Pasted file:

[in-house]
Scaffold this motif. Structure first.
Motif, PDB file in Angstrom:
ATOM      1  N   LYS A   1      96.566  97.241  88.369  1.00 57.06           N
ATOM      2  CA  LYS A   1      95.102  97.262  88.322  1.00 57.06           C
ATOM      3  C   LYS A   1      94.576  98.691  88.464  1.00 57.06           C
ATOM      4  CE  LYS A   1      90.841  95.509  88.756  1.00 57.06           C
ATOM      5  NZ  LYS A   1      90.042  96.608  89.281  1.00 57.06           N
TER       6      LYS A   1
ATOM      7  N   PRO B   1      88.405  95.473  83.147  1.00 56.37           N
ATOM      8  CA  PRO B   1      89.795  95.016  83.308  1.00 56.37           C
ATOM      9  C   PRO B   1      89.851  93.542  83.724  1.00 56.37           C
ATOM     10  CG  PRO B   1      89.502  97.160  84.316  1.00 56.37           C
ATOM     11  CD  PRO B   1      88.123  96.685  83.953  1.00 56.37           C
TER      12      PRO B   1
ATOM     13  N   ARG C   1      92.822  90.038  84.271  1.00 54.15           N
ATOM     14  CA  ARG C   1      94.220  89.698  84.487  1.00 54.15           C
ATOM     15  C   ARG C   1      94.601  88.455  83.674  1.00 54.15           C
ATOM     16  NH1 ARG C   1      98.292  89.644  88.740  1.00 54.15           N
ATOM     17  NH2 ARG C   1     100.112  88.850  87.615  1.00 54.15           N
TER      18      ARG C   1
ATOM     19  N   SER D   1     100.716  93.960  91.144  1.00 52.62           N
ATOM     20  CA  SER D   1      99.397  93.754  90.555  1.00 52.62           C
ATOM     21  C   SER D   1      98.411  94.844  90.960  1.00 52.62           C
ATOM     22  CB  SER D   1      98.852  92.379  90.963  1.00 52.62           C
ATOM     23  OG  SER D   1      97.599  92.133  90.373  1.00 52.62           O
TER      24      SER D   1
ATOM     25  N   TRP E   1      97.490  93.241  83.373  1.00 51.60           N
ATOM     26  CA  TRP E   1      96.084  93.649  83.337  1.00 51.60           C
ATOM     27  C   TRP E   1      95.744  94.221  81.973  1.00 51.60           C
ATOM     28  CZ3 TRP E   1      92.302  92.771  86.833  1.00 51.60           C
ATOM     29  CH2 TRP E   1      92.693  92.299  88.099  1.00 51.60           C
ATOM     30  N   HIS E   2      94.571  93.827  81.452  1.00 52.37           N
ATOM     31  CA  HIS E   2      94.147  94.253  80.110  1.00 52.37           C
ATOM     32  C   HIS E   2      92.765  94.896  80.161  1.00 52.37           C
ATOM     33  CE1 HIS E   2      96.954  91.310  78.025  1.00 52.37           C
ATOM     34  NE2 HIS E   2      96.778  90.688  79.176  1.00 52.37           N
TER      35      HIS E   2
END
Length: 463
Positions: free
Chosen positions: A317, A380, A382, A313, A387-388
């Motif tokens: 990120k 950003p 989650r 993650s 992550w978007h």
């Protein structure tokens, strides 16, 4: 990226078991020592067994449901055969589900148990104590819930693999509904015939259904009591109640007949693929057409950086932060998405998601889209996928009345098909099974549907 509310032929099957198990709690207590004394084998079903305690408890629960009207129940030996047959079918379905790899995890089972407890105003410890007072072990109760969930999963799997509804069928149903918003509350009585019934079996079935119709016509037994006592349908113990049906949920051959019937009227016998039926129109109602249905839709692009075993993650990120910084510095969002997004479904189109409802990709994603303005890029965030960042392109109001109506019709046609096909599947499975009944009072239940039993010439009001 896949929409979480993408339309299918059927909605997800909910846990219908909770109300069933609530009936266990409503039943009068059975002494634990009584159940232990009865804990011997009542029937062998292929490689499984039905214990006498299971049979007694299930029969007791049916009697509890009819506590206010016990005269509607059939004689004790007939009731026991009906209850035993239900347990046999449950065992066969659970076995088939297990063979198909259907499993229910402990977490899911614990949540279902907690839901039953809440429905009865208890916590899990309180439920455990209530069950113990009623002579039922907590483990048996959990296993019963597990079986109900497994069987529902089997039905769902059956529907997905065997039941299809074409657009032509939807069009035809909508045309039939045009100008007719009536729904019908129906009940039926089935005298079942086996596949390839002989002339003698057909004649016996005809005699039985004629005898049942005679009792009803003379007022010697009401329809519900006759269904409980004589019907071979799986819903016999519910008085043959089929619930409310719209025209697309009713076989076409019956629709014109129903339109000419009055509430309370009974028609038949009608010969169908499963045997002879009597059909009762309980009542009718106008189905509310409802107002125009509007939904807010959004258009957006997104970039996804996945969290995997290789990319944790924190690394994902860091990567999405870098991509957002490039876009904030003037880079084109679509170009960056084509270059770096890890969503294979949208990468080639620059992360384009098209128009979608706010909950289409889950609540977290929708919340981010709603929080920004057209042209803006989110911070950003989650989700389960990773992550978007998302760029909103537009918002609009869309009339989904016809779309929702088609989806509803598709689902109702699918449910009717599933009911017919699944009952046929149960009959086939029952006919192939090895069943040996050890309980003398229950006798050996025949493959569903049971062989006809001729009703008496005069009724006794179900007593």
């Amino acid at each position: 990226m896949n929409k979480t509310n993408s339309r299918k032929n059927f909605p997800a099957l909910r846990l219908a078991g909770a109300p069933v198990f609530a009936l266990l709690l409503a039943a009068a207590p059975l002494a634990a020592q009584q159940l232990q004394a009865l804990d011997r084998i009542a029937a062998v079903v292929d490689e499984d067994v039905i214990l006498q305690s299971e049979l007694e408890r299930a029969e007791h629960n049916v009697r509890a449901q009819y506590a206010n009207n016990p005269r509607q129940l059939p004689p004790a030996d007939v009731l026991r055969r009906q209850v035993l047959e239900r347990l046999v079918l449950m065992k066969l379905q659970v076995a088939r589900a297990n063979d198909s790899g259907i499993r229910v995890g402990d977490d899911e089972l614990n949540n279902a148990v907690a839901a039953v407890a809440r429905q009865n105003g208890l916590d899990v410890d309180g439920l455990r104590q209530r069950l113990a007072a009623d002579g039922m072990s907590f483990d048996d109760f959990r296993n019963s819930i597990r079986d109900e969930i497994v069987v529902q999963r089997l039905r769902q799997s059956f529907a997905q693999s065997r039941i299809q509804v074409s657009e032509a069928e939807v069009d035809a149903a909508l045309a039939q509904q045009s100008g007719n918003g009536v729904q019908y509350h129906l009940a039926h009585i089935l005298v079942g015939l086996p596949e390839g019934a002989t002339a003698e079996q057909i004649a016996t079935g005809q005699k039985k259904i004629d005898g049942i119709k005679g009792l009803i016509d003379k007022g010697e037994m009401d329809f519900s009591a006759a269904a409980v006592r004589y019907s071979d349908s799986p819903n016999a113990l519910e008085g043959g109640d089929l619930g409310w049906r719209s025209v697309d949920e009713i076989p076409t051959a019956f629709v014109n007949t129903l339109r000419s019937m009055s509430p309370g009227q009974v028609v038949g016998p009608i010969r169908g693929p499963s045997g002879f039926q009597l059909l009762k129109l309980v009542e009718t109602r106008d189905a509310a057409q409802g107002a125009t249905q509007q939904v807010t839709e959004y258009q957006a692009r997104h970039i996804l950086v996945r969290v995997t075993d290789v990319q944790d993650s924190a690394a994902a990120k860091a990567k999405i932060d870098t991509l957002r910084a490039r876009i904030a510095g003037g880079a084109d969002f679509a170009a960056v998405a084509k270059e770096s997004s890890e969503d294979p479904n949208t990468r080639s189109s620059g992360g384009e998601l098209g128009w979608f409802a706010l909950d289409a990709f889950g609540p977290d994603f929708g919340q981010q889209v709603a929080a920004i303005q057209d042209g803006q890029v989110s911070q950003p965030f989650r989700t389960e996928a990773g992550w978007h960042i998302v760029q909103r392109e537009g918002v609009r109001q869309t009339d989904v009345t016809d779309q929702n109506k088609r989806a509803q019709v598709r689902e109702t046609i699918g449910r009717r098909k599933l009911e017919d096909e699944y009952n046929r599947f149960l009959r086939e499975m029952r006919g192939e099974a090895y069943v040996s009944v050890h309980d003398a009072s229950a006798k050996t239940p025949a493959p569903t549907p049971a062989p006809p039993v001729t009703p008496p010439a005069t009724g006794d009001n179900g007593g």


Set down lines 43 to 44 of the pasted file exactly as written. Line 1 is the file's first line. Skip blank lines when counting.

């Motif tokens: 990120k 950003p 989650r 993650s 992550w978007h």
């Protein structure tokens, strides 16, 4: 990226078991020592067994449901055969589900148990104590819930693999509904015939259904009591109640007949693929057409950086932060998405998601889209996928009345098909099974549907 509310032929099957198990709690207590004394084998079903305690408890629960009207129940030996047959079918379905790899995890089972407890105003410890007072072990109760969930999963799997509804069928149903918003509350009585019934079996079935119709016509037994006592349908113990049906949920051959019937009227016998039926129109109602249905839709692009075993993650990120910084510095969002997004479904189109409802990709994603303005890029965030960042392109109001109506019709046609096909599947499975009944009072239940039993010439009001 896949929409979480993408339309299918059927909605997800909910846990219908909770109300069933609530009936266990409503039943009068059975002494634990009584159940232990009865804990011997009542029937062998292929490689499984039905214990006498299971049979007694299930029969007791049916009697509890009819506590206010016990005269509607059939004689004790007939009731026991009906209850035993239900347990046999449950065992066969659970076995088939297990063979198909259907499993229910402990977490899911614990949540279902907690839901039953809440429905009865208890916590899990309180439920455990209530069950113990009623002579039922907590483990048996959990296993019963597990079986109900497994069987529902089997039905769902059956529907997905065997039941299809074409657009032509939807069009035809909508045309039939045009100008007719009536729904019908129906009940039926089935005298079942086996596949390839002989002339003698057909004649016996005809005699039985004629005898049942005679009792009803003379007022010697009401329809519900006759269904409980004589019907071979799986819903016999519910008085043959089929619930409310719209025209697309009713076989076409019956629709014109129903339109000419009055509430309370009974028609038949009608010969169908499963045997002879009597059909009762309980009542009718106008189905509310409802107002125009509007939904807010959004258009957006997104970039996804996945969290995997290789990319944790924190690394994902860091990567999405870098991509957002490039876009904030003037880079084109679509170009960056084509270059770096890890969503294979949208990468080639620059992360384009098209128009979608706010909950289409889950609540977290929708919340981010709603929080920004057209042209803006989110911070950003989650989700389960990773992550978007998302760029909103537009918002609009869309009339989904016809779309929702088609989806509803598709689902109702699918449910009717599933009911017919699944009952046929149960009959086939029952006919192939090895069943040996050890309980003398229950006798050996025949493959569903049971062989006809001729009703008496005069009724006794179900007593």